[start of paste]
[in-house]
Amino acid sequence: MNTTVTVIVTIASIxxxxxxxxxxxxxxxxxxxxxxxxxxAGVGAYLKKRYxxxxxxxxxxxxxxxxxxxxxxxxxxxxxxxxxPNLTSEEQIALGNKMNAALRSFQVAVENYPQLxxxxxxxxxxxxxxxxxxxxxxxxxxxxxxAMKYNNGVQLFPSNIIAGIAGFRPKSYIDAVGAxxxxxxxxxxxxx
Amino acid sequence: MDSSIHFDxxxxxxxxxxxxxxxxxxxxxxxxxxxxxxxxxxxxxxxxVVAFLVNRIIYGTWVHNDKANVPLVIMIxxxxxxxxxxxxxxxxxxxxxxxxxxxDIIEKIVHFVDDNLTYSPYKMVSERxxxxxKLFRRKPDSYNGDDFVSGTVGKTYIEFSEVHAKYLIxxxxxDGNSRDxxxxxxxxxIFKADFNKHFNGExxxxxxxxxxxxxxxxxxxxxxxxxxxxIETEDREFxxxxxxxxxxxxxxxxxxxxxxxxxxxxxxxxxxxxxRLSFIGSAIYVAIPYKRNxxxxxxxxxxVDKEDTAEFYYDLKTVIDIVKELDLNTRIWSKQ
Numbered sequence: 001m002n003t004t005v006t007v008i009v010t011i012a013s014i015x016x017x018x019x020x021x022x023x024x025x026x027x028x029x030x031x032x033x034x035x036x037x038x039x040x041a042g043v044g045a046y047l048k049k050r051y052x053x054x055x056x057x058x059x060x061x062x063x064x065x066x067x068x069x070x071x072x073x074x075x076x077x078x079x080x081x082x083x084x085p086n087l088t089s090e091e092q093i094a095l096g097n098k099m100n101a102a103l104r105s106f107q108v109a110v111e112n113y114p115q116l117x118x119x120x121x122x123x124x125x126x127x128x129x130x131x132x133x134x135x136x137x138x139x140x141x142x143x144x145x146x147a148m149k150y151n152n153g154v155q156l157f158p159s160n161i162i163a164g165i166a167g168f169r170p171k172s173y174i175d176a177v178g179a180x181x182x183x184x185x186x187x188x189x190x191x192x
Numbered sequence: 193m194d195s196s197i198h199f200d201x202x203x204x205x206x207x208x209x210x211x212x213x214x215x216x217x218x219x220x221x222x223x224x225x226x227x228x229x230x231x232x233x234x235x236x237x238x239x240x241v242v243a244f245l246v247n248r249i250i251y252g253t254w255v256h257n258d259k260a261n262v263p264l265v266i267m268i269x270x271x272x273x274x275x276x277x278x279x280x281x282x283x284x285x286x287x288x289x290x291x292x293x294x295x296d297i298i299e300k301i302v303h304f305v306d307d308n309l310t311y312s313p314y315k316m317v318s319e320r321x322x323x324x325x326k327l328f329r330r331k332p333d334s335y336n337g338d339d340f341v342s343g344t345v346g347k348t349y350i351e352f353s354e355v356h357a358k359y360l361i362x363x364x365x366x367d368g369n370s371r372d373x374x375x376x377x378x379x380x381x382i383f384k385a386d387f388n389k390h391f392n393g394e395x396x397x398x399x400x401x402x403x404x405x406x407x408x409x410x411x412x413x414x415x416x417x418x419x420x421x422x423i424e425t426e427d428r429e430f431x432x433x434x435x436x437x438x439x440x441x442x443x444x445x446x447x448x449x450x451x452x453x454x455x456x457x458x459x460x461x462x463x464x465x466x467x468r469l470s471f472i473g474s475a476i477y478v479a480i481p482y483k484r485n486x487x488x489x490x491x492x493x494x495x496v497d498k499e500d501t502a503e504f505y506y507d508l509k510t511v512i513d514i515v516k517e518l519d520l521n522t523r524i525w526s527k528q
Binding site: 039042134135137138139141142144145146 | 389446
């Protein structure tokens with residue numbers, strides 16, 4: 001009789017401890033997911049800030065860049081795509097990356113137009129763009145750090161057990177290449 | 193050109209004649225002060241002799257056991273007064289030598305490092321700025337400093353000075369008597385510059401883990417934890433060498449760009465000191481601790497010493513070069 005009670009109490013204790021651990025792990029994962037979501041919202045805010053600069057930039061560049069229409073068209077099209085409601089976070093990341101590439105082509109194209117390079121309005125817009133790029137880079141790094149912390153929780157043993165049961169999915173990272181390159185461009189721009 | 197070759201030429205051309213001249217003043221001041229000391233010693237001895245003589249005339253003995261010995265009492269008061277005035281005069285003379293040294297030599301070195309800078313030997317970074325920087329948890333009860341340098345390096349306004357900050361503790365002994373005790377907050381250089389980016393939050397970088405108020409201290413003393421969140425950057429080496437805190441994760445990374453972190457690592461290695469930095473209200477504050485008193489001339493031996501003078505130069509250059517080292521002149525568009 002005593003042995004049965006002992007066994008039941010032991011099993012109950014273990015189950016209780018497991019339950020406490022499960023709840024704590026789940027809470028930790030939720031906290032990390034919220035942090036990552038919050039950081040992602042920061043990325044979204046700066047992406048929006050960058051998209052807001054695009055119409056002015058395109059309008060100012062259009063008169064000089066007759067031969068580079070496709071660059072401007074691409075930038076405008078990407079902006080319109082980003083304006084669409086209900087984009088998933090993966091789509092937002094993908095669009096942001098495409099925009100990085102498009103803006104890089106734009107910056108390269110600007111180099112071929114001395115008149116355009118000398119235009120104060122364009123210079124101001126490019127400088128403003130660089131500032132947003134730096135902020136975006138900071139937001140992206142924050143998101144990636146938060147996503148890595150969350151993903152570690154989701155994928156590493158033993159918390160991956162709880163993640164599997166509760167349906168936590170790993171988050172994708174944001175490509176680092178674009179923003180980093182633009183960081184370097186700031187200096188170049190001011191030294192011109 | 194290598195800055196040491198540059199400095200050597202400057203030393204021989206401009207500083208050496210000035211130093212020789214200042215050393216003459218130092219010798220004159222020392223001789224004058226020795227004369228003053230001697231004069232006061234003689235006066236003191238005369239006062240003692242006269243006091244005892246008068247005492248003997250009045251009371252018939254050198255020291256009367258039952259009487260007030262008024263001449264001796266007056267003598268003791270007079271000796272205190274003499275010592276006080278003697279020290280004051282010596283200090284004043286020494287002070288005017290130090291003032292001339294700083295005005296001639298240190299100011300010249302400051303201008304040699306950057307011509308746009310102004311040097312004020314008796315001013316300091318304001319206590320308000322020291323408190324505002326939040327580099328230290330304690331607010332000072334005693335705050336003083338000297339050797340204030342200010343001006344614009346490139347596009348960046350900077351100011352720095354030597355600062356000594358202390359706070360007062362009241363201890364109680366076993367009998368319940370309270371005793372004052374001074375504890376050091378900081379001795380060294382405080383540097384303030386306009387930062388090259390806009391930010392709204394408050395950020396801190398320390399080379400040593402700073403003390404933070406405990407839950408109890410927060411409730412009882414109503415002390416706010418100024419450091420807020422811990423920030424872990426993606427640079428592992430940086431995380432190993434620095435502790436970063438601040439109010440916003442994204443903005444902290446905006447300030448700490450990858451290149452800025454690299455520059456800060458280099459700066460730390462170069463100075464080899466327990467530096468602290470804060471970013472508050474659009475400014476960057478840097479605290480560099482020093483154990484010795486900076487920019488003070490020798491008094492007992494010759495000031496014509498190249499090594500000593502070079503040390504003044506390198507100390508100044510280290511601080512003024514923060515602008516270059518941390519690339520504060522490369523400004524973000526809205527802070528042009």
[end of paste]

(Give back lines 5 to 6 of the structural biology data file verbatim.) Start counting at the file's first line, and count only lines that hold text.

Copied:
Numbered sequence: 193m194d195s196s197i198h199f200d201x202x203x204x205x206x207x208x209x210x211x212x213x214x215x216x217x218x219x220x221x222x223x224x225x226x227x228x229x230x231x232x233x234x235x236x237x238x239x240x241v242v243a244f245l246v247n248r249i250i251y252g253t254w255v256h257n258d259k260a261n262v263p264l265v266i267m268i269x270x271x272x273x274x275x276x277x278x279x280x281x282x283x284x285x286x287x288x289x290x291x292x293x294x295x296d297i298i299e300k301i302v303h304f305v306d307d308n309l310t311y312s313p314y315k316m317v318s319e320r321x322x323x324x325x326k327l328f329r330r331k332p333d334s335y336n337g338d339d340f341v342s343g344t345v346g347k348t349y350i351e352f353s354e355v356h357a358k359y360l361i362x363x364x365x366x367d368g369n370s371r372d373x374x375x376x377x378x379x380x381x382i383f384k385a386d387f388n389k390h391f392n393g394e395x396x397x398x399x400x401x402x403x404x405x406x407x408x409x410x411x412x413x414x415x416x417x418x419x420x421x422x423i424e425t426e427d428r429e430f431x432x433x434x435x436x437x438x439x440x441x442x443x444x445x446x447x448x449x450x451x452x453x454x455x456x457x458x459x460x461x462x463x464x465x466x467x468r469l470s471f472i473g474s475a476i477y478v479a480i481p482y483k484r485n486x487x488x489x490x491x492x493x494x495x496v497d498k499e500d501t502a503e504f505y506y507d508l509k510t511v512i513d514i515v516k517e518l519d520l521n522t523r524i525w526s527k528q
Binding site: 039042134135137138139141142144145146 | 389446